Part of keeping patients safe during spine surgery is measuring pressure in their veins to see if they need more fluid or blood. This is often done using something called a ‘central venous catheter,’ inserted into the neck after they are asleep. The placement of this catheter carries risk, including the potential for a collapsed lung and infection.
The anesthesiologists are looking for a potentially safer alternative. They may have found it by measuring the pressure with an ordinary IV, which is inserted into the hand, instead of the neck.
This study wanted to see if the blood pressure readings in the hand were similar enough to that in the neck so that we may eventually replace the central catheter for the purpose of blood volume monitoring.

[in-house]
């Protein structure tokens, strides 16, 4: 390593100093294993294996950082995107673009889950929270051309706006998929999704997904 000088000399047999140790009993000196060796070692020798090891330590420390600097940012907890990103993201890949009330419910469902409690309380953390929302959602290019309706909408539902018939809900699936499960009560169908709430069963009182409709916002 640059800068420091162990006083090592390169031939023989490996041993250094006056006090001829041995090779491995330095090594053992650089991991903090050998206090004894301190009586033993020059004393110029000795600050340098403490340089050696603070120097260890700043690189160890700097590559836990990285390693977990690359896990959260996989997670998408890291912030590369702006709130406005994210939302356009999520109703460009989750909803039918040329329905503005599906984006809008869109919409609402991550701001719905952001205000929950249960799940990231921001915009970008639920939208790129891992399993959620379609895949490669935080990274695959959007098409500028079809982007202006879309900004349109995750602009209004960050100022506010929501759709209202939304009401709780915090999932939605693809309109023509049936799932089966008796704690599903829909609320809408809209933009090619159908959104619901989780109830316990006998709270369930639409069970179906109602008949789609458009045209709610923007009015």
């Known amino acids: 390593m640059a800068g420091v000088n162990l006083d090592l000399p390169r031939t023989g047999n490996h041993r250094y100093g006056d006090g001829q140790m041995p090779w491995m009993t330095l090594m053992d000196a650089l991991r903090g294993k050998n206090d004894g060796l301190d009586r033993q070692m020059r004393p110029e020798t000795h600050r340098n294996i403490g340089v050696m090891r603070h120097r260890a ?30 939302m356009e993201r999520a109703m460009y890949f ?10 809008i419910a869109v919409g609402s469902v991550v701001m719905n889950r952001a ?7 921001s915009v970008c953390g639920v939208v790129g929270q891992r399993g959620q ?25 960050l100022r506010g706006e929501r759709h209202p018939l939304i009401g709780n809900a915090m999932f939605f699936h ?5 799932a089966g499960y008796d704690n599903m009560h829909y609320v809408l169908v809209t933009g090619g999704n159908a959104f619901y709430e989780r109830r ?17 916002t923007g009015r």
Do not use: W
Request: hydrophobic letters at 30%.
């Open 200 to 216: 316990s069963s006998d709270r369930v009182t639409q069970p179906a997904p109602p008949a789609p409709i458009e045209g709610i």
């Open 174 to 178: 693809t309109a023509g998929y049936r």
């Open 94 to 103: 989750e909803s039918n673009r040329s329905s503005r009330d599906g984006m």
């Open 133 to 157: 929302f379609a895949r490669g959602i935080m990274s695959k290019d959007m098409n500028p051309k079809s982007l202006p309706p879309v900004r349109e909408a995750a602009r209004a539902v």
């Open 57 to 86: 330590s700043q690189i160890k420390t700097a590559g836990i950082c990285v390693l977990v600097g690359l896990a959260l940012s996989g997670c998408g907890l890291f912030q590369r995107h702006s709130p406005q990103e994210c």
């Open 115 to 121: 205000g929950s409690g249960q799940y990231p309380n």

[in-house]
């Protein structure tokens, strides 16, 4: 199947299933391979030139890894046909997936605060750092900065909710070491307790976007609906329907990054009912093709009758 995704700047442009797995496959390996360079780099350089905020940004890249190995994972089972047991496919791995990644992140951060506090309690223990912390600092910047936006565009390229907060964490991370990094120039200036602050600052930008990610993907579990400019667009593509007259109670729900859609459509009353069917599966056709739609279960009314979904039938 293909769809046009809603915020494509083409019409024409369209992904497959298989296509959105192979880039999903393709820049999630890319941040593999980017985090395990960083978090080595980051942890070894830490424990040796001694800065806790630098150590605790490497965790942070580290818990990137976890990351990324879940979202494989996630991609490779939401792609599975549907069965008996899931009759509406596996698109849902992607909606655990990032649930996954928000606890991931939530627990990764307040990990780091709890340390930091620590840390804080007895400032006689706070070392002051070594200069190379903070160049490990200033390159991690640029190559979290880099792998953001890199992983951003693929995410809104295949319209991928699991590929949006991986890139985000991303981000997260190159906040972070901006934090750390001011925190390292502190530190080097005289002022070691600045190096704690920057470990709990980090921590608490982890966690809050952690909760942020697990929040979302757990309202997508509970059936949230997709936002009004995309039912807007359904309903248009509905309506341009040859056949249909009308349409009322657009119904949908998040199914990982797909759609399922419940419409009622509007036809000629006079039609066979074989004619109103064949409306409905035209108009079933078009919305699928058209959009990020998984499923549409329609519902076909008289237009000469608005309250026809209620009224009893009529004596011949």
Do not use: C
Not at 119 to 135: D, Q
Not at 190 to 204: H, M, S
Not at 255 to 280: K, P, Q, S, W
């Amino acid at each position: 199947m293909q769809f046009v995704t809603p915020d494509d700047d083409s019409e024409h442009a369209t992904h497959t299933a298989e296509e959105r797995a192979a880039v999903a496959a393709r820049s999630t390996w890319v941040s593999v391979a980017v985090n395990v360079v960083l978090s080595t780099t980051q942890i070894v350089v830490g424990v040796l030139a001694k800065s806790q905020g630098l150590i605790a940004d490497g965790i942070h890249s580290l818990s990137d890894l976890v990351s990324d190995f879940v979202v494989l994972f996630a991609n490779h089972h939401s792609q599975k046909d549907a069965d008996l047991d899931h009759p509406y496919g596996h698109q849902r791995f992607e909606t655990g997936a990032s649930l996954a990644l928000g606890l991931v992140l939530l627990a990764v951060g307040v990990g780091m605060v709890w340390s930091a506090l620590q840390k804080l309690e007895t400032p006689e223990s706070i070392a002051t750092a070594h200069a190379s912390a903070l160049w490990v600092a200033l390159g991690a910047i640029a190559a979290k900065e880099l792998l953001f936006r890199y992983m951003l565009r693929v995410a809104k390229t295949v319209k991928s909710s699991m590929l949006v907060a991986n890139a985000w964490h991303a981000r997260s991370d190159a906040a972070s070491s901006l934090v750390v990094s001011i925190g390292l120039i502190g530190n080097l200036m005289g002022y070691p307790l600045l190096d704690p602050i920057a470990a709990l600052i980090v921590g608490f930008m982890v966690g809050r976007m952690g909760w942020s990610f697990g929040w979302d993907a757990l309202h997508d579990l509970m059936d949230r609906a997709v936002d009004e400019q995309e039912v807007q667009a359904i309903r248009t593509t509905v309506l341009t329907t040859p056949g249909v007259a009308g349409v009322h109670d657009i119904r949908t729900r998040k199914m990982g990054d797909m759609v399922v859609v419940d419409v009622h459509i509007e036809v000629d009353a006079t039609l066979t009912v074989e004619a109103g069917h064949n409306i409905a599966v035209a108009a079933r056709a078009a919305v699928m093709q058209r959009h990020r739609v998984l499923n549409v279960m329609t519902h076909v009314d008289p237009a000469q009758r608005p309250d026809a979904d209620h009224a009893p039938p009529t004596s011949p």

They found that in over 95% of the measurements taken, both catheters produced results within 2.78mmHg of each other. This suggests that peripheral venous catheter offer a viable alternative to the more risky central venous ones.
Memtsoudis SG, Jules-Elysee K, Girardi FP, Buschiazzo V, Maalouf D, Sama AA, Urban MK. Correlation between centrally versus peripherally transduced venous pressure in prone patients undergoing posterior spine surgery. Spine. 2008 Aug 15;33(18):E643-7.